So Monty Don recently said ‘Gardening is easy. Stick it in the ground the right way up and most plants will grow perfectly well.’ Which is essentially true but every now and then strange things happen:
I think I know why my rhoddy looks like this. It’s possible that the tree was planted soon after the house was built, which would make it about 100 years old. I think it had been left to its own devices and being on a north facing border it had reached forward for some sun. I think the previous owner then cut it back hard at the bottom to regain some of the lawn. My evidence: when we moved in I discovered a large pile of wood stashed behind the foliage. Since then the bottom of the tree has regenerated and this year has put out some fabulously healthy flowers and more luscious green leaves. But the top of the tree struggles on with yellowing leaves and smaller and much later flowers. My guess is the bottom is sapping the energy of the top. So do I radically cut back the top, probably reducing the height by half – which feels like vandalism, but if it needs to be done….or do I lightly prune the top every year until the tree balances itself out again? It has plenty of water and although north facing it does get early morning and late afternoon sun so I think the conditions are okay. Any thoughts?
This beautiful iris came free, picked up from the allotment sharing bench. I think it is ‘White City’ and last year they were all the palest blue colour fading to white. This year there is an interloper. Now since it was a large clump divided from an even larger clump maybe the purple iris has been there all along and has only just flowered. Or has it been cross pollinated? Either way I am enjoying them both.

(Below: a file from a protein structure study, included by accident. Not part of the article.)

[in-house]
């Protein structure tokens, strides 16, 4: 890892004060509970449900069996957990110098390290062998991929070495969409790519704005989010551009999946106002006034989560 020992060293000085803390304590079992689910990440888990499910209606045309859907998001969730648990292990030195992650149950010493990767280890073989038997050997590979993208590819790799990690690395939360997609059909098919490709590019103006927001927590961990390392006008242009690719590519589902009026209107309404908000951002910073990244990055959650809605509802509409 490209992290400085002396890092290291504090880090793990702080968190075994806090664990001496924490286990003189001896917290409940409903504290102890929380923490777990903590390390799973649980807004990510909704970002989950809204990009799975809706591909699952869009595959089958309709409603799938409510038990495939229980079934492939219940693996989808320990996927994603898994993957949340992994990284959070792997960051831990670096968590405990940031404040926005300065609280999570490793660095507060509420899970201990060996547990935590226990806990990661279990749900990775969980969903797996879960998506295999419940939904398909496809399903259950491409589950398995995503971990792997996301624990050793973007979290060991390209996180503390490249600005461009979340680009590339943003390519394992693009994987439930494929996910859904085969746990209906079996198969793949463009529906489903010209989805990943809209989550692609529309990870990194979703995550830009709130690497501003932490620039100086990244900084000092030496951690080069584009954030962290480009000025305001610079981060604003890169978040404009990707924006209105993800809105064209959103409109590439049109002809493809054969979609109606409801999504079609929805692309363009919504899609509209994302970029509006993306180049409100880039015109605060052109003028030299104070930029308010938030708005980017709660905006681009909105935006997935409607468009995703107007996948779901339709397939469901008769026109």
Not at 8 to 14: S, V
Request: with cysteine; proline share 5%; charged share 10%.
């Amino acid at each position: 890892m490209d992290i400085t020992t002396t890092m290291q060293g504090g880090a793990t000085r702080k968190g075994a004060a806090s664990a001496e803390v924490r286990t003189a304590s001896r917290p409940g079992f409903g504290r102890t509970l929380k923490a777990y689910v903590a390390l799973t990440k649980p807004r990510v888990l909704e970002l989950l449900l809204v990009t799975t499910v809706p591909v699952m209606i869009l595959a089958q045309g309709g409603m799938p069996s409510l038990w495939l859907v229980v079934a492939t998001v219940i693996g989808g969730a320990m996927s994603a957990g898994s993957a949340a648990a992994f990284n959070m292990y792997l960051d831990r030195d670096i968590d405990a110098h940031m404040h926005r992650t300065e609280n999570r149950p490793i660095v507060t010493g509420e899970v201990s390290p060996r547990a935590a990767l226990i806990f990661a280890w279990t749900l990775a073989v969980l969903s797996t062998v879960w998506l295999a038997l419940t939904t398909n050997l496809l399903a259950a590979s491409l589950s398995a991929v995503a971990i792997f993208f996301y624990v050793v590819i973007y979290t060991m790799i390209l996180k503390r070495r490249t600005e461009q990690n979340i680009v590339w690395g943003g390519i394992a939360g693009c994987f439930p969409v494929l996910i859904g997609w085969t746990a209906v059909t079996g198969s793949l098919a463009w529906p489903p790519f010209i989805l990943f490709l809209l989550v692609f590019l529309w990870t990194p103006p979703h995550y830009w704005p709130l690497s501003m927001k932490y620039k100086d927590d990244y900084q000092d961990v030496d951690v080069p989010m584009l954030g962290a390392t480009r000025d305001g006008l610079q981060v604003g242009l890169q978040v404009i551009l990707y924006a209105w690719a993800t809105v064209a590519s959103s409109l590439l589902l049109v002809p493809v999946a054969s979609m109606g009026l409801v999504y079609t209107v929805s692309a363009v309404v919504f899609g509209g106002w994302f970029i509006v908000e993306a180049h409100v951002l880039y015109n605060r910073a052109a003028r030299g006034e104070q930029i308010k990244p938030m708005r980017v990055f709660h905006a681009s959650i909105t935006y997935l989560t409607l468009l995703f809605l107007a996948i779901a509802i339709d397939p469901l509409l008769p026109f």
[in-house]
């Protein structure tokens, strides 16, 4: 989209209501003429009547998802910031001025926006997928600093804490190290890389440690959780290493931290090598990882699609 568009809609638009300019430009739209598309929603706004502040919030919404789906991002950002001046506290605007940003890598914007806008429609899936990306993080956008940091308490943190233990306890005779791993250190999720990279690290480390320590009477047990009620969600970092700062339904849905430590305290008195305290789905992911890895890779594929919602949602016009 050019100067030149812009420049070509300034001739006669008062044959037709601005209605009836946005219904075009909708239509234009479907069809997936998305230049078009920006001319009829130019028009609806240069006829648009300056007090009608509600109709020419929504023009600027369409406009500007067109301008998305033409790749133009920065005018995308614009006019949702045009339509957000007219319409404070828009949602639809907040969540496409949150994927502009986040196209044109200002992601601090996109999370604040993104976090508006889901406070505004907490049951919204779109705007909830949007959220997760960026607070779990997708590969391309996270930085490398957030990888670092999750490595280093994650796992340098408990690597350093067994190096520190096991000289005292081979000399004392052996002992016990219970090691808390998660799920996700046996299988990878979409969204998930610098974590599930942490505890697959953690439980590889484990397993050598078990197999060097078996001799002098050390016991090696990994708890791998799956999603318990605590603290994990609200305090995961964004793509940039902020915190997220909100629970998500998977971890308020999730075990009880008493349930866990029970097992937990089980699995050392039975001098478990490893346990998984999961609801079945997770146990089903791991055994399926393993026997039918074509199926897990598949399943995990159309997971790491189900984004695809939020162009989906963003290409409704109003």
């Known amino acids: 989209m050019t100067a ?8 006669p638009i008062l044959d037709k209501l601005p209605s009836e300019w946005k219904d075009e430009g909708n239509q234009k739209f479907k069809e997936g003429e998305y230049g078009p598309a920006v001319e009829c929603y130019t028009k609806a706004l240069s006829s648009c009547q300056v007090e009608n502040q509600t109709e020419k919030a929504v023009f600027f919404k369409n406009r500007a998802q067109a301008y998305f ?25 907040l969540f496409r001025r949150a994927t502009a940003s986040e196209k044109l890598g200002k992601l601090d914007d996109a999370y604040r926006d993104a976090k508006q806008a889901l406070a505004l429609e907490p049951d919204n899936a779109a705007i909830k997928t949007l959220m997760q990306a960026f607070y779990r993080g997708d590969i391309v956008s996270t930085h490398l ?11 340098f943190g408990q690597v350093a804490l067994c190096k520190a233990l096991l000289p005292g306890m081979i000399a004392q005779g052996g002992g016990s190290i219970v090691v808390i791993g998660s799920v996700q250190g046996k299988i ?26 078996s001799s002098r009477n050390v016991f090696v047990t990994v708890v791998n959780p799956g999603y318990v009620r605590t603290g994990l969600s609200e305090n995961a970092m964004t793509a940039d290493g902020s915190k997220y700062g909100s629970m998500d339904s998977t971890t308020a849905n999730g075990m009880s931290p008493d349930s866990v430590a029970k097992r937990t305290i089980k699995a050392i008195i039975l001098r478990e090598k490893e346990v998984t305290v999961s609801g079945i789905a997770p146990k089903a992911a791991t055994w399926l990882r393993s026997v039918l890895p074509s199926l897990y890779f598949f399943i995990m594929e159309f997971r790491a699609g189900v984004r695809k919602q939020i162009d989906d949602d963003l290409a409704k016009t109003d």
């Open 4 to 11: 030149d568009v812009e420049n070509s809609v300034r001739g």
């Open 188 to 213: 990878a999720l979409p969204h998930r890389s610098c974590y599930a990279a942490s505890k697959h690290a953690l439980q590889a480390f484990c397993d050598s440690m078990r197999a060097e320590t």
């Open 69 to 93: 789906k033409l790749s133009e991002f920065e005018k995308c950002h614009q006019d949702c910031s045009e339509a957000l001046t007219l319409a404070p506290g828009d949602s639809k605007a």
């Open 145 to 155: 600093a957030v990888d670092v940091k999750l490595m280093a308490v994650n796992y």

Is my Sneezeweed trying to tell me something? I bought some last year with the aim of adding some late colour to the borders but it has been in flower since May. Label says ‘Flowering period: late summer’. My, the year is going fast!
Back to some normal happenings. These stunning Siberian irises came as several divisions from a friend’s collection. This is their second year in the garden and they have multiplied amazingly, definitely a case of growing perfectly well.
The equally successful Astrantia ‘Claret’. I did try to grow some from seed but that didn’t happen so I happily bought some 9cm pots which have bulked up well in their second year. The roses in bud behind are ‘Blush Noisette’ – so close to popping but not for this week!
I must give a shout out to the growers at the Finchley Horticultural Society who also seem to have the knack of making gardening easy. I decided to diversify my tomato growing this year. Instead of 15 plants of one variety grown from seed I have six plants of three varieties bought at last week’s plant sale. I’ve missed the roller coast ride of raising them from seed but I’m going to enjoy the variety: Marmonde, Golden Crown and Alicante. I was also tempted by some chilli plants and a couple of Romano peppers. I’ve taken the plunge this year and planted them direct into the soil instead of in grow bags. Let’s see what the greenhouse soil has got in it! I have grown my own basil which I’ll be planting around the tomatoes.
There’s an extra gardening day again in the UK. Will it be hot and sunny, hot and thundery or a wash out? Let’s hope we can all find a way to enjoy the weekend whatever. More gardening stories can be found at The Propagator’s blog. The contributors also seem to be growing very easily.